Pelvic Floor Dysfunction
Pelvic floor dysfunction often presents as an inability to coordinate pelvic floor muscles to go to the bathroom.

Pelvic floor dysfunction is a common condition characterized by an inability to relax and coordinate pelvic floor muscles to urinate or have a bowel movement.

In normal conditions, the body tightens and relaxes its pelvic floor muscles to void urine and stools. However, in cases of pelvic floor dysfunction, the body keeps tightening these muscles instead of relaxing them, leading to increased tension and symptoms, such as:

  • Constipation
  • Straining to defecate or having trouble evacuating stools
  • Incontinence (urine or stool leakage)
  • A frequent urge to urinate
  • Feeling a need to force out urine or stools
  • Unsatisfactory urine or bowel movements
  • A feeling of stopping and starting in the middle of urination
  • Pain during urination
  • Low backache with no other cause
  • Unexplained pain in the pelvic region (genitals, anus, or lower abdomen)
  • Pain during intercourse (women)
  • Erectile dysfunction (men)

What is the pelvis?

The pelvis consists of the bladder, uterus (in women), prostate (in men), and rectum. The pelvic floor has a group of several supporting muscles in the floor (base) of the pelvis.

The muscles of the pelvic floor have three basic functions:

  1. Support of the pelvic organs and intraabdominal contents
  2. Contribute to the continence of urine and feces
  3. Contribute to the sexual functions of arousal and orgasm in all genders

What causes pelvic floor dysfunction?

The exact cause of pelvic floor dysfunction is unknown. A few of the known factors that may contribute to the condition include:

  • Advancing age or aging
  • Traumatic injuries to the pelvic area (an accident or a fall)
  • Pregnancy
  • Overuse of the pelvic muscles (visiting the bathroom too often or pushing too hard)
  • Pelvic surgeries
  • Being overweight or obesity
  • Menopause
  • Neurological disorders, such as Parkinson's disease

Pelvic floor dysfunction can be a hereditary (running in families) condition, but researchers are still looking into a potential genetic cause of the medical condition.

How is pelvic floor dysfunction diagnosed?

Apart from questions about your current symptoms and careful medical history analysis, the healthcare provider may recommend the following tests:

  • Physical examination: To test for spasms, knots, or weakness in the pelvic muscles.
  • Surface electrodes: A painless test to examine pelvic muscle control using electrodes (self-adhesive pads) that are placed on the skin.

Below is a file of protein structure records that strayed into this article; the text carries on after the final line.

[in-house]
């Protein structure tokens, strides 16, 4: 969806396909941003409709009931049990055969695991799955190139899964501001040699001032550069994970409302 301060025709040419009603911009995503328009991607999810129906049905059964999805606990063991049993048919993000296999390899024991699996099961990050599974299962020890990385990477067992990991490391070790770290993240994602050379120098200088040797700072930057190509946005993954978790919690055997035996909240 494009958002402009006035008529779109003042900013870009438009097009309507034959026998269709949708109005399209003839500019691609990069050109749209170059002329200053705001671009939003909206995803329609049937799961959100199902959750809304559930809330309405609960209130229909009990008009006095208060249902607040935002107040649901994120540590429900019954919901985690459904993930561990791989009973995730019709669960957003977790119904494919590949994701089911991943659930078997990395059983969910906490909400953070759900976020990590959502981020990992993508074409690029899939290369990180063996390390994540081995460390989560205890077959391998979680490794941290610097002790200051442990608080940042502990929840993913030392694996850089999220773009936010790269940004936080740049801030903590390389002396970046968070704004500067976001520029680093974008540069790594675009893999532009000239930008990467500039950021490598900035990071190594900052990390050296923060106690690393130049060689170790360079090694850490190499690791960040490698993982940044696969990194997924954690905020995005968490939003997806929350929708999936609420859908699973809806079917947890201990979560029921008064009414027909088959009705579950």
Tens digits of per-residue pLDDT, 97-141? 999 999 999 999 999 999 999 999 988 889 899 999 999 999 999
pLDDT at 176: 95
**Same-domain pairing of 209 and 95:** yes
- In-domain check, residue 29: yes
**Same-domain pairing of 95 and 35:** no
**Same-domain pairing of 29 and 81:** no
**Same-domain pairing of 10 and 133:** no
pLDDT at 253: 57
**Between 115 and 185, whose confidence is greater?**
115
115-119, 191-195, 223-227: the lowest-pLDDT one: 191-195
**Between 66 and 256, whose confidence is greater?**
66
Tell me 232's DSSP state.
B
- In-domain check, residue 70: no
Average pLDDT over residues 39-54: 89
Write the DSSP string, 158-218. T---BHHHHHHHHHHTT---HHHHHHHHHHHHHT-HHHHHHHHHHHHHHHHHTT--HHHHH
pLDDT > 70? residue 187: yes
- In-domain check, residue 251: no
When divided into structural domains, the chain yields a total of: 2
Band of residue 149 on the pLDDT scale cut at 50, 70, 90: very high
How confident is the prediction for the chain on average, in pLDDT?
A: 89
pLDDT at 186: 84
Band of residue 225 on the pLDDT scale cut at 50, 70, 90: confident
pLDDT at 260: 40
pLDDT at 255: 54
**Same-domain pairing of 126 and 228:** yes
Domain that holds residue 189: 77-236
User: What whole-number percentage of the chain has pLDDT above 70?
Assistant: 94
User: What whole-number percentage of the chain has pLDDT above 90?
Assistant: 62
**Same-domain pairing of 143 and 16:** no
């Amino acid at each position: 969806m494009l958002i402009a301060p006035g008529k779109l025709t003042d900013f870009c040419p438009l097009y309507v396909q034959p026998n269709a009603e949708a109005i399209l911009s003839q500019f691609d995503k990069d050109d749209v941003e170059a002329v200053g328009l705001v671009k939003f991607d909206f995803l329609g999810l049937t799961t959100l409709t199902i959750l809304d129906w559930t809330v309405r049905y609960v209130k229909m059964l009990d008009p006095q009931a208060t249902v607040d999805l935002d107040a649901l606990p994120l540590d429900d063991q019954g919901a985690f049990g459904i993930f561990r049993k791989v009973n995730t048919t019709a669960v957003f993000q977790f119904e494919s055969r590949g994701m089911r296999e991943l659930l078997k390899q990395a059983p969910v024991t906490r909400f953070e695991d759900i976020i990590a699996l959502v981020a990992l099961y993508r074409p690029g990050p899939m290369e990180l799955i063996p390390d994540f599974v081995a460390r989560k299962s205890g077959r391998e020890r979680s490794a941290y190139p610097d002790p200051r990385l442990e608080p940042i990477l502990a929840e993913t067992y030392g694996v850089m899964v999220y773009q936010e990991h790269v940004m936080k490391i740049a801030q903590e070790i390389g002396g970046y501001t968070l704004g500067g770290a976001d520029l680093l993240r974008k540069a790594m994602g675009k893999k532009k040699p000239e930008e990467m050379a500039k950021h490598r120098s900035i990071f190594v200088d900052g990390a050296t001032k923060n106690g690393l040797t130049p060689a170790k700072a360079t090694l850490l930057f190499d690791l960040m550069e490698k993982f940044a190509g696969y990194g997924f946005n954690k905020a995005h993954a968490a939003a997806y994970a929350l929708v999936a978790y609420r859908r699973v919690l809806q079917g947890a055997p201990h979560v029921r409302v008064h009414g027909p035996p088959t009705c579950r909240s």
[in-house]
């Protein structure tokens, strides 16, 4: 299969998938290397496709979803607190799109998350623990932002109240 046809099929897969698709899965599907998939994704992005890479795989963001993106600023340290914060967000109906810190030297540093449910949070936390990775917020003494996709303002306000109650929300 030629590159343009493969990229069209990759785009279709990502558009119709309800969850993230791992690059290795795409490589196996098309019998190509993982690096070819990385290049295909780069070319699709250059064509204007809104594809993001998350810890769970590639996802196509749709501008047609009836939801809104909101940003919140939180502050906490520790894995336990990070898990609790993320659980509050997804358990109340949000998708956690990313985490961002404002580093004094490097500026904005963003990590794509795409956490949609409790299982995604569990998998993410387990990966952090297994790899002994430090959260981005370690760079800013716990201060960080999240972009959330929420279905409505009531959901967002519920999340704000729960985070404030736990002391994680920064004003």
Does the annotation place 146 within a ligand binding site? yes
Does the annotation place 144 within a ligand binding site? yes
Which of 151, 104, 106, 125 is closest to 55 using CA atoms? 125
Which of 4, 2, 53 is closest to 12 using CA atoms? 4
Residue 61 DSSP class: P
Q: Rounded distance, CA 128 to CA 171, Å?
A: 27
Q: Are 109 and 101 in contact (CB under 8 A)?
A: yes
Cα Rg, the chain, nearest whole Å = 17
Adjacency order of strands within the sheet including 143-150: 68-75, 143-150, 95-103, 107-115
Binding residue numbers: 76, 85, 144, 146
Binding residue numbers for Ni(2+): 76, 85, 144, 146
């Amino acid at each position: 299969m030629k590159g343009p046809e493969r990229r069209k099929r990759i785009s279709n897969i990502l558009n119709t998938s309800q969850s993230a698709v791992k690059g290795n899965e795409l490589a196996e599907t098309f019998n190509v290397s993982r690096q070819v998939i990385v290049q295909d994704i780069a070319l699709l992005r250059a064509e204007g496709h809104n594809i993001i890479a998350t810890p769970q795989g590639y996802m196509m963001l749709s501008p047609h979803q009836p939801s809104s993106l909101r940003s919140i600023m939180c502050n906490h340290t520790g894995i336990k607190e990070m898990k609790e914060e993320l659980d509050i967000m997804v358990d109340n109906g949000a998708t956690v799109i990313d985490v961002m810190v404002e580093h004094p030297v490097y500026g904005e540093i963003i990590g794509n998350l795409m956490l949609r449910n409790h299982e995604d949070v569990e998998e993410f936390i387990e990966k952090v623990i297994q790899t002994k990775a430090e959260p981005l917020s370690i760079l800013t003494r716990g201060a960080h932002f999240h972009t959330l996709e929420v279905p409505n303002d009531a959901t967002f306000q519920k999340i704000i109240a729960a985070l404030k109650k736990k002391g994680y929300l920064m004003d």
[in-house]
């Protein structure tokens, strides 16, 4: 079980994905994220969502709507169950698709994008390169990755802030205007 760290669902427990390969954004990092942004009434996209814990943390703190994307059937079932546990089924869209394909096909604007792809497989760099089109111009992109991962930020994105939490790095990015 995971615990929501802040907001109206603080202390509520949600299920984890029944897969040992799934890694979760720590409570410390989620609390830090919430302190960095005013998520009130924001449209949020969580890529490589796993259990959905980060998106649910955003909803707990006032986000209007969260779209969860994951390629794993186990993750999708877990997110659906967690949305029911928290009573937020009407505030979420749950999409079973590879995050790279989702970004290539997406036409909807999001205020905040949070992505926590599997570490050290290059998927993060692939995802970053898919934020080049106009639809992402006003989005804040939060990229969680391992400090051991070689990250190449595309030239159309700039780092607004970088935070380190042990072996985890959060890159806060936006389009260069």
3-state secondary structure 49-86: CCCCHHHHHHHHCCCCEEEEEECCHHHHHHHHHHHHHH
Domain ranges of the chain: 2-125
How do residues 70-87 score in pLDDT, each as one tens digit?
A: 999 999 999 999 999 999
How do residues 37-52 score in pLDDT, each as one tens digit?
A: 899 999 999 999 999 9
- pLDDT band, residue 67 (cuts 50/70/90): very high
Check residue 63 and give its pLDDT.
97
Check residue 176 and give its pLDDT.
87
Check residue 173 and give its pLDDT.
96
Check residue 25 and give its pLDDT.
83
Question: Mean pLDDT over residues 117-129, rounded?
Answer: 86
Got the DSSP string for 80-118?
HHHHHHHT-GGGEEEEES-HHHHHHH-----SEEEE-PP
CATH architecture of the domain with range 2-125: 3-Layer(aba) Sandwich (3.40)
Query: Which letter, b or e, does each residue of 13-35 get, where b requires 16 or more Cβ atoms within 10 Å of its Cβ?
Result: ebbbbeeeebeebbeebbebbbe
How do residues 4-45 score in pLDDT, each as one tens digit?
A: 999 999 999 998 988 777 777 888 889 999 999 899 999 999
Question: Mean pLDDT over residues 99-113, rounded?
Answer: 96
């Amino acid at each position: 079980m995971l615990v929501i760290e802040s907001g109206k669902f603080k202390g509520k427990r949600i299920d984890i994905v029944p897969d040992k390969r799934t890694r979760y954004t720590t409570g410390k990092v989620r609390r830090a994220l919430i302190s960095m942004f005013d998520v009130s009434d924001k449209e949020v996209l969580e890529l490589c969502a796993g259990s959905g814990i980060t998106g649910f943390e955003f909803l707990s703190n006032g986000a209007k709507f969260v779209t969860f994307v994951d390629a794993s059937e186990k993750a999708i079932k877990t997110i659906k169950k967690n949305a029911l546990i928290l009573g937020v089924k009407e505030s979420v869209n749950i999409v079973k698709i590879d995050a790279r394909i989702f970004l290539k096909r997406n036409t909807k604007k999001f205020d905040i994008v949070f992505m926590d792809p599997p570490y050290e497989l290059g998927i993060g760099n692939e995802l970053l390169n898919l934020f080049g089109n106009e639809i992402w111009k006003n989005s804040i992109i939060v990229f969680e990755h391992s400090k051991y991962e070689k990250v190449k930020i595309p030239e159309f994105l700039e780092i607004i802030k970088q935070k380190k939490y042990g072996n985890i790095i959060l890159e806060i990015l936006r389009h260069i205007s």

• Anorectal manometry: A painless procedure to analyze pressure, muscle strength, and coordination of the anal sphincters.
  • Defecating proctogram: A special video X-ray is used to record the movement of muscles after an enema of a thick liquid is administered.
  • Uroflow test: A test to analyze the urine-emptying bladder capacity.


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How do you treat pelvic floor dysfunction?

Pelvic floor dysfunction can be treated with the following treatments:

Noninvasive treatments for pelvic floor dysfunction

  • Biofeedback: A physical therapist might use biofeedback (special sensors and video to monitor the pelvic floor muscles) to retrain pelvic muscles to improve muscle coordination.
  • Pelvic floor physical therapy: Done simultaneously with biofeedback therapy, wherein specific exercises are taught to stretch muscles and improve coordination.
  • Medications: Over-the-counter and prescription stool softeners help keep the stool soft and bowel movements regular.
  • Relaxation techniques: A physical therapist might recommend meditation, warm baths, yoga, or acupuncture.

Minimally invasive procedures for pelvic floor dysfunction

  • Transvaginal trigger-point injections: An anesthetic and steroid (anti-inflammatory) are injected directly into the spastic pelvic floor to significantly relieve symptoms.
  • Pudendal nerve blocks: Under sedation, an anesthetic and steroid are injected into the pudendal nerve to decrease nerve irritation and pain.

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Medically Reviewed on 11/17/2022
Image Source: iStock image

Pelvic Floor Dysfunction.

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Pelvic Floor Dysfunction.